Acquisition of Religious Cognition and Behavior
Do children need to have a foundational folk theory of humans before they can develop a concept of supernatural agents?
To acquire and utilize information from their environment, children rely on and refine intuitive theories (Gelman & Legare, 2011). Intuitive theories differ from scientific theories in that they are implicit as opposed to explicit and imprecise as opposed to precise. Intuitive theories are similar to scientific theories in their cognitive functions which include “organiz[ing] experience, generat[ing] inferences, guid[ing] learning, and influenc[ing] behavior and social interactions” (Gelman & Legare, 2011, p. 379).
The most widely accepted folk theories are folk physics, folk biology, and folk psychology. Folk physics involves reasoning about the physical laws that constrain objects (Baillargeon, 2008), folk biology involves reasoning about living kinds (Gelman & Legare, 2011), and folk psychology involves thinking about human actions in terms of beliefs, desires, intentions, and goals (Gelman & Legare, 2011). Other folk theories have been proposed, including (a) a folk sociology which relies on non-mental properties, such as age, gender, occupation, race, rank when interpreting and predicting others’ actions (e.g., Hirschfeld, Bartmess, White, & Frith, 2007), and (b) a folk anthropology focused on processing information about the essential nature of objects and humans (Richert & Lesage, in press).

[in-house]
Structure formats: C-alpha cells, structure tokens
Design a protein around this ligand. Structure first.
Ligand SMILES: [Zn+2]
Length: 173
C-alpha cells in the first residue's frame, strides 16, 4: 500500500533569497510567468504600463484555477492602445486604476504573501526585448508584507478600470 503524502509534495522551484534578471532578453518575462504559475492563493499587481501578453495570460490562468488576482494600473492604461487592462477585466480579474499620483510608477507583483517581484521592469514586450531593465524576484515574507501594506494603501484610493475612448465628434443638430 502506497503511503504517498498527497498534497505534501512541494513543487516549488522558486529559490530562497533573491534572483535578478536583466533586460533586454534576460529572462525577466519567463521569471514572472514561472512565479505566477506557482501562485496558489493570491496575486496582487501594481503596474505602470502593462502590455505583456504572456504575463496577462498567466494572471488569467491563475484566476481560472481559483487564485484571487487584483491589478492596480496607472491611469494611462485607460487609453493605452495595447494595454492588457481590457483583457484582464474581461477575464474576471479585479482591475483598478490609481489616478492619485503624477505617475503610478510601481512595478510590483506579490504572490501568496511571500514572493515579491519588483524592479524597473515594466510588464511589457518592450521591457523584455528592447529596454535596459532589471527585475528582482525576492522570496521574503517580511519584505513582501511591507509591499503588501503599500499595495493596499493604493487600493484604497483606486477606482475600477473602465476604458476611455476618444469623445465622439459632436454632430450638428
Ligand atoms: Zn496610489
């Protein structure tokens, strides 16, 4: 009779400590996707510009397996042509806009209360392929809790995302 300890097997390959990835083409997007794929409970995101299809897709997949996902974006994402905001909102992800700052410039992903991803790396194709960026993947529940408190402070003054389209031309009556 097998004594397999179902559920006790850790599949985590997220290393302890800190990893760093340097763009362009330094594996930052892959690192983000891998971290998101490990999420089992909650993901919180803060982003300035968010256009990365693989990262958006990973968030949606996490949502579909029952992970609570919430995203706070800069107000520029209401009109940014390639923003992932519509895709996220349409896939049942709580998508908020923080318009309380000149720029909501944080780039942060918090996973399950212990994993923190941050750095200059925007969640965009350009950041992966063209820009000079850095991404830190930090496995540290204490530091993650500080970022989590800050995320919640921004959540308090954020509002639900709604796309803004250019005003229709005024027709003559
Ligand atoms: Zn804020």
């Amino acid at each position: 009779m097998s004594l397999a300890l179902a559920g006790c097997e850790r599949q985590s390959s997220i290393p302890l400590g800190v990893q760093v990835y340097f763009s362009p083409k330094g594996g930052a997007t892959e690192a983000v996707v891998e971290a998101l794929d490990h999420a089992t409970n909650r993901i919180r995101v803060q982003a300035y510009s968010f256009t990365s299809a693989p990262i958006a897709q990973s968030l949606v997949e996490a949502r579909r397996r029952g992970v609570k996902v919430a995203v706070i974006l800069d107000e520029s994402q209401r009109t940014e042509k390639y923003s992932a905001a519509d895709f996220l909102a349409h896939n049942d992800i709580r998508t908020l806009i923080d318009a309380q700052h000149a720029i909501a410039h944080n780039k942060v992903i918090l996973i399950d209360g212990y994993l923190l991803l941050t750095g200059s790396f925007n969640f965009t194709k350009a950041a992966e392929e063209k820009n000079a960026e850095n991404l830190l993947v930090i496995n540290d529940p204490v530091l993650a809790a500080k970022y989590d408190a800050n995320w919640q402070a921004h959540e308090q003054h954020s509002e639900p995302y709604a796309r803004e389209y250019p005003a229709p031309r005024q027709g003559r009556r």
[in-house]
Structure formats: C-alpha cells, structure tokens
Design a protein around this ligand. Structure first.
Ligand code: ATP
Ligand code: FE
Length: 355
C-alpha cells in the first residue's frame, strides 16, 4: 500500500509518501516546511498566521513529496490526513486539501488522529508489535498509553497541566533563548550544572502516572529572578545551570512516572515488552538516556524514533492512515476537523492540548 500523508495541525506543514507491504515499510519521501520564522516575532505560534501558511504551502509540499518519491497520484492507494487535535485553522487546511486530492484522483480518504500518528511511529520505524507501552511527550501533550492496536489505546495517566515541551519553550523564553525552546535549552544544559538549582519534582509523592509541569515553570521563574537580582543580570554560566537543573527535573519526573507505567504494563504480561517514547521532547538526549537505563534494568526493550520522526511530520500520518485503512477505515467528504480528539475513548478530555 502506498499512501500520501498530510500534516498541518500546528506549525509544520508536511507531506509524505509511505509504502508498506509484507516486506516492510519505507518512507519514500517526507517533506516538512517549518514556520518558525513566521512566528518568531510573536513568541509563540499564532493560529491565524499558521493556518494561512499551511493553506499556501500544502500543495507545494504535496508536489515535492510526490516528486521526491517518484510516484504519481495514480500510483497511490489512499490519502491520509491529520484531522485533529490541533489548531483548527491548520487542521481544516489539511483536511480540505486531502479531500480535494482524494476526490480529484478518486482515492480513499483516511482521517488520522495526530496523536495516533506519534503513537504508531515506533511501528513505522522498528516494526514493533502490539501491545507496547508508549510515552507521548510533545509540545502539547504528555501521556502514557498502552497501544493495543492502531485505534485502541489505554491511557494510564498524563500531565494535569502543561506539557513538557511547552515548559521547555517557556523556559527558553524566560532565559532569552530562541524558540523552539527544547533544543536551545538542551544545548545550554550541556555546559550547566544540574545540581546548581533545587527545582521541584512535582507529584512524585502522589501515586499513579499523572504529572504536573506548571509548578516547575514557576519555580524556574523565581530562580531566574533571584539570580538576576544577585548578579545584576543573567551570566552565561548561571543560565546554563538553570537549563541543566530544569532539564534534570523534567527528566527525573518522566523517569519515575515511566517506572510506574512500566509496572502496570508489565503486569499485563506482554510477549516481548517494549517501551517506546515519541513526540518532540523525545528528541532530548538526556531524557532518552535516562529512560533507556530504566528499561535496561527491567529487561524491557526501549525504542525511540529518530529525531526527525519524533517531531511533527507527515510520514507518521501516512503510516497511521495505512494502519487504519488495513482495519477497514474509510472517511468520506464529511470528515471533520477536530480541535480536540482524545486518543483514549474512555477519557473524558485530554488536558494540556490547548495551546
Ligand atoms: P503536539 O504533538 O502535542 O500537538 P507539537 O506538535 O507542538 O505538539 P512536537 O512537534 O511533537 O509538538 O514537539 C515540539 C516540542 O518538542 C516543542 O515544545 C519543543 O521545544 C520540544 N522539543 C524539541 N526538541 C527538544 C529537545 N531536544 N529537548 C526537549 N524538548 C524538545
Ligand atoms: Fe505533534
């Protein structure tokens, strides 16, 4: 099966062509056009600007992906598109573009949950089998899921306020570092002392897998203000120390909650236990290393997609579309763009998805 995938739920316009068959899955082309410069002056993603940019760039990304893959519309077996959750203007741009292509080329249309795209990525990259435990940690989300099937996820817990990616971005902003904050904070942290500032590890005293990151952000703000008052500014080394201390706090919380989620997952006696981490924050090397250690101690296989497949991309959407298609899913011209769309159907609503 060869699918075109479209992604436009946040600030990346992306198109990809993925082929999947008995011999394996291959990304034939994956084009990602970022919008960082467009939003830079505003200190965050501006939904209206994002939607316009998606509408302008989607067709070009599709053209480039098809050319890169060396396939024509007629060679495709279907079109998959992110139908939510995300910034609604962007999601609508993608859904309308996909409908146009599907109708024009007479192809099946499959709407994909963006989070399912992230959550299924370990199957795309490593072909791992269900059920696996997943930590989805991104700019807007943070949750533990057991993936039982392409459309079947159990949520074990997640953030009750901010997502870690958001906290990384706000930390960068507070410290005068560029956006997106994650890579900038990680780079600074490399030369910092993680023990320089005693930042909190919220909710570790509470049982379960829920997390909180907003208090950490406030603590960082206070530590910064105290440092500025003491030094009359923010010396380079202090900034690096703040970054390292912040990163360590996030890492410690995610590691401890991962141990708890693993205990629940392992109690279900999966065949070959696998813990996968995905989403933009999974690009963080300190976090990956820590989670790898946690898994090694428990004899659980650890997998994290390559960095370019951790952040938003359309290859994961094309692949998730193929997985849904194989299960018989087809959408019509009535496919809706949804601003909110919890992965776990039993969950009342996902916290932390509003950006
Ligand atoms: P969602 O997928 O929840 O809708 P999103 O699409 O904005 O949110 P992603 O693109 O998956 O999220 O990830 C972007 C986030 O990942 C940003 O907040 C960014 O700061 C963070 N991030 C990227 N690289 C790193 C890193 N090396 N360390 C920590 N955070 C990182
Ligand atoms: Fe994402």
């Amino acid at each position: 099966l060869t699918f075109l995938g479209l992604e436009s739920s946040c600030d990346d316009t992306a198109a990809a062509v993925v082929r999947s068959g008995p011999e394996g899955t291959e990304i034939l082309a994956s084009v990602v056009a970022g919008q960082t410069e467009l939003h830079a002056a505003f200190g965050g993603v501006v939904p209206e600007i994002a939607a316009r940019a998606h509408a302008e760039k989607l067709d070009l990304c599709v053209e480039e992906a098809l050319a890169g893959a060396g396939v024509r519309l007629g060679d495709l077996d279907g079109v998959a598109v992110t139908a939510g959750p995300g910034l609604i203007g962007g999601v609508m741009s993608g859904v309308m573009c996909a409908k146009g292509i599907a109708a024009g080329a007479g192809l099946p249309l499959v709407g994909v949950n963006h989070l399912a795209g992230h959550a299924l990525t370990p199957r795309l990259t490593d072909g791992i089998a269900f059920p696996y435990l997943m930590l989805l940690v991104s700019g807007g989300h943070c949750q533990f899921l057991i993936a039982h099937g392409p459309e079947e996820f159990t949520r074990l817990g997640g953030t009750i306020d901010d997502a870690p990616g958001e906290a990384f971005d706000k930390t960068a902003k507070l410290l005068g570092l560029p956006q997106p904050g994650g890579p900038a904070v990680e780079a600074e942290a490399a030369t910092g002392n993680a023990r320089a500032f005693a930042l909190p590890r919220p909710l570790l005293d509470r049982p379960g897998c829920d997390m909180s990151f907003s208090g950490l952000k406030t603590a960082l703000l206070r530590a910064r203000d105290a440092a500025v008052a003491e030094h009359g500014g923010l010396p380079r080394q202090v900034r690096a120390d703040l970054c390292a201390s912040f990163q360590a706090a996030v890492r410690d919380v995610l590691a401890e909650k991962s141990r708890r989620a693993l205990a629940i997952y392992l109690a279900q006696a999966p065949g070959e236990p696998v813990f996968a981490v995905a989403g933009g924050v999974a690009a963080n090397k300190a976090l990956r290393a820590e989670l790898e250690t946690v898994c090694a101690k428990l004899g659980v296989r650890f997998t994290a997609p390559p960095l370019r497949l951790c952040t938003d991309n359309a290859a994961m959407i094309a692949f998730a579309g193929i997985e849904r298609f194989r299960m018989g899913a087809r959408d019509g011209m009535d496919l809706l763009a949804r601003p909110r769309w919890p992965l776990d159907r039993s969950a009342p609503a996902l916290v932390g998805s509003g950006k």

Children’s developing folk theories play a critical role in the acquisition and construction of religious cognition because supernatural agents and causes require greater reliance on inference and testimony than on first-hand observation (Richert & Lesage, in press). Children’s folk theories are influenced by their cultural context (ojalehto & Medin, 2014). For example, research on children’s concepts of God highlights the different ways in which children rely on their folk theory of human minds to understand God’s mind and the physical nature of God. Children of Muslim parents differentiate more strongly than children of Christian or Non-Affiliated parents between God’s mind and human minds (Richert et al., 2017) and do not associate embodied characteristics to God, unlike their Christian and Non-Affiliated peers (Richert et al., 2016). These findings speak to debates about whether cognition has evolved to be ‘prepared’ to process information about varieties of agents (including supernatural agents) (Barrett & Richert, 2003) or if children must first develop a concept of humans before developing concepts of the supernatural (Lane & Harris, 2014).
The Developing Belief Network will examine cross-cultural similarity and variation in the extent to which children’s folk theories of supernatural agents (i.e., theory of mind) and explanations (i.e., causal reasoning) mirror or diverge from their folk theories of humans.